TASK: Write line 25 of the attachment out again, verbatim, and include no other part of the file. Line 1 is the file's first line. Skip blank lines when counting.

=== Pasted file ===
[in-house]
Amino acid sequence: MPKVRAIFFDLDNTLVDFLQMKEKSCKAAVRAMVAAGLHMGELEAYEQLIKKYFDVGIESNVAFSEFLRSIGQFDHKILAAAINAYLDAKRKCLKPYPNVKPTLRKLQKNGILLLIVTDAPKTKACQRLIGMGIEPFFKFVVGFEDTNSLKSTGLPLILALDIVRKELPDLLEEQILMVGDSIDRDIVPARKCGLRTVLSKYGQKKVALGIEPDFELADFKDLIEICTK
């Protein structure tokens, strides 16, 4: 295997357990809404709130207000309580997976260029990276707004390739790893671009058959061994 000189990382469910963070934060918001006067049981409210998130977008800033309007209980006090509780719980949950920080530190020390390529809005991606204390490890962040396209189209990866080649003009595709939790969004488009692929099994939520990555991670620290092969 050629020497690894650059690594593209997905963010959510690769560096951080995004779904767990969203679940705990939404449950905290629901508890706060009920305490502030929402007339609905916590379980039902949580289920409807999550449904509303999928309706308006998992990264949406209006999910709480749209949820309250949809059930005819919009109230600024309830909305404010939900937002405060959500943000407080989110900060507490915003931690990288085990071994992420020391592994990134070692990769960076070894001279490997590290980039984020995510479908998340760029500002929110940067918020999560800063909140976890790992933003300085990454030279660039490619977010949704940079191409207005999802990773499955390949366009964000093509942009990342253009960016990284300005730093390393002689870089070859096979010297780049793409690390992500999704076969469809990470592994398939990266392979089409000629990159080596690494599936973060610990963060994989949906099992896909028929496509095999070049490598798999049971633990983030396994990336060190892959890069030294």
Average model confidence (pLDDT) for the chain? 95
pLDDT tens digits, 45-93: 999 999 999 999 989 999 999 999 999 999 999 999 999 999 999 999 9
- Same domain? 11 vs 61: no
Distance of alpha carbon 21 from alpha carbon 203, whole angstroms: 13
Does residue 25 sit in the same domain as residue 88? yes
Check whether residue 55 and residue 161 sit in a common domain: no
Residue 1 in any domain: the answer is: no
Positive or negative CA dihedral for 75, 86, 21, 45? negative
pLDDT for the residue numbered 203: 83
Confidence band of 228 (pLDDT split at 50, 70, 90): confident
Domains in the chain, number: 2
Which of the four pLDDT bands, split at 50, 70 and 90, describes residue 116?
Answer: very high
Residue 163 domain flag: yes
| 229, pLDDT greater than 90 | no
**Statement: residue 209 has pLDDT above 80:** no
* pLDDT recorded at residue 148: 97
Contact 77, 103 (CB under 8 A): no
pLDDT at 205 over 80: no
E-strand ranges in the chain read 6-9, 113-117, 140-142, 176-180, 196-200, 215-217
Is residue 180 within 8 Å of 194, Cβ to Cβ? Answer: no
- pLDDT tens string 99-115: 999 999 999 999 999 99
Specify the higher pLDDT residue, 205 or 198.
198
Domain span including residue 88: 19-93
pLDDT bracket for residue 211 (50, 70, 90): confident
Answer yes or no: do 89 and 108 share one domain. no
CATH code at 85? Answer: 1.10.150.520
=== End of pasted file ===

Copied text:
- pLDDT tens string 99-115: 999 999 999 999 999 99